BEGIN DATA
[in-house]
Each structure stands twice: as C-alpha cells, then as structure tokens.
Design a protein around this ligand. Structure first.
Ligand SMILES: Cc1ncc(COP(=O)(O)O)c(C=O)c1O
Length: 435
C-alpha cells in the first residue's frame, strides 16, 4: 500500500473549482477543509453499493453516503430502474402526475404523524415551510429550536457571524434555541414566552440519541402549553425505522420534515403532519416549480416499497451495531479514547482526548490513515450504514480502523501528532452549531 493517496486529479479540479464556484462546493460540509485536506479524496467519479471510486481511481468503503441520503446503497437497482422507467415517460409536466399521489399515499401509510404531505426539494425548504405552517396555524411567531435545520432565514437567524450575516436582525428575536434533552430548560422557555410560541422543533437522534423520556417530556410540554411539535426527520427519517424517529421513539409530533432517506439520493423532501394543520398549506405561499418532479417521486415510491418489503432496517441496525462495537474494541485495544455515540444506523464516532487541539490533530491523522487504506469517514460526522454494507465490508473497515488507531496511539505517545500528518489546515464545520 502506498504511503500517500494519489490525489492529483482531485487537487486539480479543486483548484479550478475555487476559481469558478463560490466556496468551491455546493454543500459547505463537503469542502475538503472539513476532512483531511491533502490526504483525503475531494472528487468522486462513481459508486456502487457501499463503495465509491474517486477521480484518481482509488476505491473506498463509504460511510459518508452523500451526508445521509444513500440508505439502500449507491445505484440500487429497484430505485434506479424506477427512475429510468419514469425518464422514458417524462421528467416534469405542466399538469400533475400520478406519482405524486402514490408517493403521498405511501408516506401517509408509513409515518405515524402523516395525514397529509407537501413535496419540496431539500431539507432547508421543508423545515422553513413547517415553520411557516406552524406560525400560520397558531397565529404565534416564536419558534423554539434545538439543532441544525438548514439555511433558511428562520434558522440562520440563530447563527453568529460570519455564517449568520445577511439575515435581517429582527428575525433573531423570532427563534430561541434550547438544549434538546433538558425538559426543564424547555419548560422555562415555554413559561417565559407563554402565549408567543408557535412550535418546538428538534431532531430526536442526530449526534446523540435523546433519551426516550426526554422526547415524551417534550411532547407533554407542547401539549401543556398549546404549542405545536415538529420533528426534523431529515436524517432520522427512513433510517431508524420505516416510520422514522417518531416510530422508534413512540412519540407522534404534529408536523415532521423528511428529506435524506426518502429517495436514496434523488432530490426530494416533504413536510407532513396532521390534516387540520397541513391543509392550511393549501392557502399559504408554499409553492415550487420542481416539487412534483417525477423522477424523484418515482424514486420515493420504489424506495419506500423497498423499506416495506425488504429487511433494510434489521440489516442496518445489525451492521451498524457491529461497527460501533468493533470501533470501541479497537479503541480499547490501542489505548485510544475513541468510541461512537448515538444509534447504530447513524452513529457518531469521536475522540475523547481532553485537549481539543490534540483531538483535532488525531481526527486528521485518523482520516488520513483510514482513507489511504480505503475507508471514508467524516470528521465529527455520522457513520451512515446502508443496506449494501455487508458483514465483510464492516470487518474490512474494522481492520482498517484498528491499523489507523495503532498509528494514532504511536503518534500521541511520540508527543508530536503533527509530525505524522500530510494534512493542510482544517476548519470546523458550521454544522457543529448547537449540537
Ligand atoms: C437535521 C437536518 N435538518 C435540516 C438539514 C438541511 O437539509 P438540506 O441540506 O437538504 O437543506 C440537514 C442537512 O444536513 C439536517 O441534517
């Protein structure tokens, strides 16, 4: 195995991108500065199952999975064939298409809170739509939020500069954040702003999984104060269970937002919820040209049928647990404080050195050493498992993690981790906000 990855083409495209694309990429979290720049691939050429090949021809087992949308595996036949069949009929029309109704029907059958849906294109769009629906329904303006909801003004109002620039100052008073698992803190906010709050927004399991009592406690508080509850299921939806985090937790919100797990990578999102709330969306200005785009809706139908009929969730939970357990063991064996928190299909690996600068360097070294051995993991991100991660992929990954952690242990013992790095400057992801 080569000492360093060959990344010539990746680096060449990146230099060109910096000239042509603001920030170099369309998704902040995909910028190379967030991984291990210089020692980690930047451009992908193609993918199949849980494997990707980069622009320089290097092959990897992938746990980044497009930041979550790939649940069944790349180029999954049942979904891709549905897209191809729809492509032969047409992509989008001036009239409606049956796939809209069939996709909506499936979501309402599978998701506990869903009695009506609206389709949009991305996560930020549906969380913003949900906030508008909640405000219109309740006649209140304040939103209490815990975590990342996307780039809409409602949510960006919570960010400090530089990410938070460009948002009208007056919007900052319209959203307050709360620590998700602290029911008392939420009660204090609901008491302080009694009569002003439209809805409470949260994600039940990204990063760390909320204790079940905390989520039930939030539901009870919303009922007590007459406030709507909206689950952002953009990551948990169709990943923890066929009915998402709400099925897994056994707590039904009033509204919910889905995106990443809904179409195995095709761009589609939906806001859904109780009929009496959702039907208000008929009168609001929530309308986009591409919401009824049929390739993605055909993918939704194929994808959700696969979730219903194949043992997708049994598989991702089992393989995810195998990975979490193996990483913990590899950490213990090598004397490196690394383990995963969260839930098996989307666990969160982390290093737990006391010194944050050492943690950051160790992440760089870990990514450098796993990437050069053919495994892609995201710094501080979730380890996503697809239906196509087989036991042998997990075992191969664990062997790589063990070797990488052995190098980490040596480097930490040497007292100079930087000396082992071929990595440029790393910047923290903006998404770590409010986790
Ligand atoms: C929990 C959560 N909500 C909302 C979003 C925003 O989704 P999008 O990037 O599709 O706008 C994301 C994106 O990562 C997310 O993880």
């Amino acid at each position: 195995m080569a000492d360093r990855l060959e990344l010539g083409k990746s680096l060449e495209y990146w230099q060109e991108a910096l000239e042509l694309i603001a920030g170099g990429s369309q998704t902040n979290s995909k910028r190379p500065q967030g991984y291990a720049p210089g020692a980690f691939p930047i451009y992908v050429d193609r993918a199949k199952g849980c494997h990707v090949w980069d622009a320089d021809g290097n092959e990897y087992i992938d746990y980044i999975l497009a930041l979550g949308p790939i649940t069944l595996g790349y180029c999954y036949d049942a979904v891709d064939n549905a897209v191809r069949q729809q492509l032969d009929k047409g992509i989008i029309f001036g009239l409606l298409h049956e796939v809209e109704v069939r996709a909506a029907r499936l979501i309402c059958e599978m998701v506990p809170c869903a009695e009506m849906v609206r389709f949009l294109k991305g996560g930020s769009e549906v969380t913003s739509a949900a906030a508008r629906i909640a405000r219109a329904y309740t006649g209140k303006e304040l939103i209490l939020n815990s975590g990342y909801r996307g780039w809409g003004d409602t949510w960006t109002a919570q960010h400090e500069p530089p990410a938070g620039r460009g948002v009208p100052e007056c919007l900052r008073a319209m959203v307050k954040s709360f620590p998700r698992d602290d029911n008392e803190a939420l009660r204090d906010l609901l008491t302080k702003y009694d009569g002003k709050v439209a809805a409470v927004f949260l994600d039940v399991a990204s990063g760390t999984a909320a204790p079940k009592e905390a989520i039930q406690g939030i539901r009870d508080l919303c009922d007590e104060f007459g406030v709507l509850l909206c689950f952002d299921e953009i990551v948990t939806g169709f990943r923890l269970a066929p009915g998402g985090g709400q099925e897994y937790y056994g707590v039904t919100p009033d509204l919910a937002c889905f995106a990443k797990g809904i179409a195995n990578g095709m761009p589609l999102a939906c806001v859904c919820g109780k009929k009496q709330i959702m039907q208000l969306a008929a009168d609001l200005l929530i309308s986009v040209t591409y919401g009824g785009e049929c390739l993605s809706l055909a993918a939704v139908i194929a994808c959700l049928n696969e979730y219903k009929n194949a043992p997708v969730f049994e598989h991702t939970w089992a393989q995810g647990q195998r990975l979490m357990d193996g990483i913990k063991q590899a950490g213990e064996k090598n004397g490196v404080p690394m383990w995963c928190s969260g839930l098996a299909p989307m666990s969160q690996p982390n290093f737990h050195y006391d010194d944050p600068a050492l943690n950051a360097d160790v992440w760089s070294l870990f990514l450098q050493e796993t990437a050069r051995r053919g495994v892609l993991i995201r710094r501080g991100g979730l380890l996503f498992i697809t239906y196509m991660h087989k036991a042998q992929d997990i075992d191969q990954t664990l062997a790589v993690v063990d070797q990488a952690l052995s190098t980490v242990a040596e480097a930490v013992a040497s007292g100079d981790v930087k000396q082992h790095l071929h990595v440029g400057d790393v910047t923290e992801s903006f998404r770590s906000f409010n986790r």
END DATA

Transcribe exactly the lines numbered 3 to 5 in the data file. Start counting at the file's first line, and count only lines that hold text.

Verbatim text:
Design a protein around this ligand. Structure first.
Ligand SMILES: Cc1ncc(COP(=O)(O)O)c(C=O)c1O
Length: 435